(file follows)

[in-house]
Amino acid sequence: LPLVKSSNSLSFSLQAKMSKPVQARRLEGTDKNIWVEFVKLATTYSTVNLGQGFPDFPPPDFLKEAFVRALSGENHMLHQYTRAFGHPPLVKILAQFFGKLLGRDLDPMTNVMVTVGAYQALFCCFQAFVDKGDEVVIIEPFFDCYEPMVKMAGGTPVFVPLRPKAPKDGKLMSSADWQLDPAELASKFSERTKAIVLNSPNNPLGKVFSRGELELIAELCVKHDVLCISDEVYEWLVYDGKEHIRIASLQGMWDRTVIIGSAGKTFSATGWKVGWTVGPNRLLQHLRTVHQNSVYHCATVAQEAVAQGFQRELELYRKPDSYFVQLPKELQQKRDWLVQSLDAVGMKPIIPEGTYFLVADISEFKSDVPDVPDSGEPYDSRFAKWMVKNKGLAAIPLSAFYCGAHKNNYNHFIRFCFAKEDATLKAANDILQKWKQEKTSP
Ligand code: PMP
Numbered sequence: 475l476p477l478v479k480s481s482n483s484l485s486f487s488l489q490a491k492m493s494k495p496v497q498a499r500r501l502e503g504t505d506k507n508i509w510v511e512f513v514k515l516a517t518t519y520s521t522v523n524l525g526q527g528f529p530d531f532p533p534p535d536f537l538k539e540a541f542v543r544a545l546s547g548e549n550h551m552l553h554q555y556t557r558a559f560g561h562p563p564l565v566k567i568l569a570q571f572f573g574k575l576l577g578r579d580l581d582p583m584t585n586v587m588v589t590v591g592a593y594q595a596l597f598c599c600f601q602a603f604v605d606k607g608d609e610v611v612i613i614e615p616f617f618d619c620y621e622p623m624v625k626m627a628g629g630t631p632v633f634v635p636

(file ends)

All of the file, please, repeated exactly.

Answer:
[in-house]
Amino acid sequence: LPLVKSSNSLSFSLQAKMSKPVQARRLEGTDKNIWVEFVKLATTYSTVNLGQGFPDFPPPDFLKEAFVRALSGENHMLHQYTRAFGHPPLVKILAQFFGKLLGRDLDPMTNVMVTVGAYQALFCCFQAFVDKGDEVVIIEPFFDCYEPMVKMAGGTPVFVPLRPKAPKDGKLMSSADWQLDPAELASKFSERTKAIVLNSPNNPLGKVFSRGELELIAELCVKHDVLCISDEVYEWLVYDGKEHIRIASLQGMWDRTVIIGSAGKTFSATGWKVGWTVGPNRLLQHLRTVHQNSVYHCATVAQEAVAQGFQRELELYRKPDSYFVQLPKELQQKRDWLVQSLDAVGMKPIIPEGTYFLVADISEFKSDVPDVPDSGEPYDSRFAKWMVKNKGLAAIPLSAFYCGAHKNNYNHFIRFCFAKEDATLKAANDILQKWKQEKTSP
Ligand code: PMP
Numbered sequence: 475l476p477l478v479k480s481s482n483s484l485s486f487s488l489q490a491k492m493s494k495p496v497q498a499r500r501l502e503g504t505d506k507n508i509w510v511e512f513v514k515l516a517t518t519y520s521t522v523n524l525g526q527g528f529p530d531f532p533p534p535d536f537l538k539e540a541f542v543r544a545l546s547g548e549n550h551m552l553h554q555y556t557r558a559f560g561h562p563p564l565v566k567i568l569a570q571f572f573g574k575l576l577g578r579d580l581d582p583m584t585n586v587m588v589t590v591g592a593y594q595a596l597f598c599c600f601q602a603f604v605d606k607g608d609e610v611v612i613i614e615p616f617f618d619c620y621e622p623m624v625k626m627a628g629g630t631p632v633f634v635p636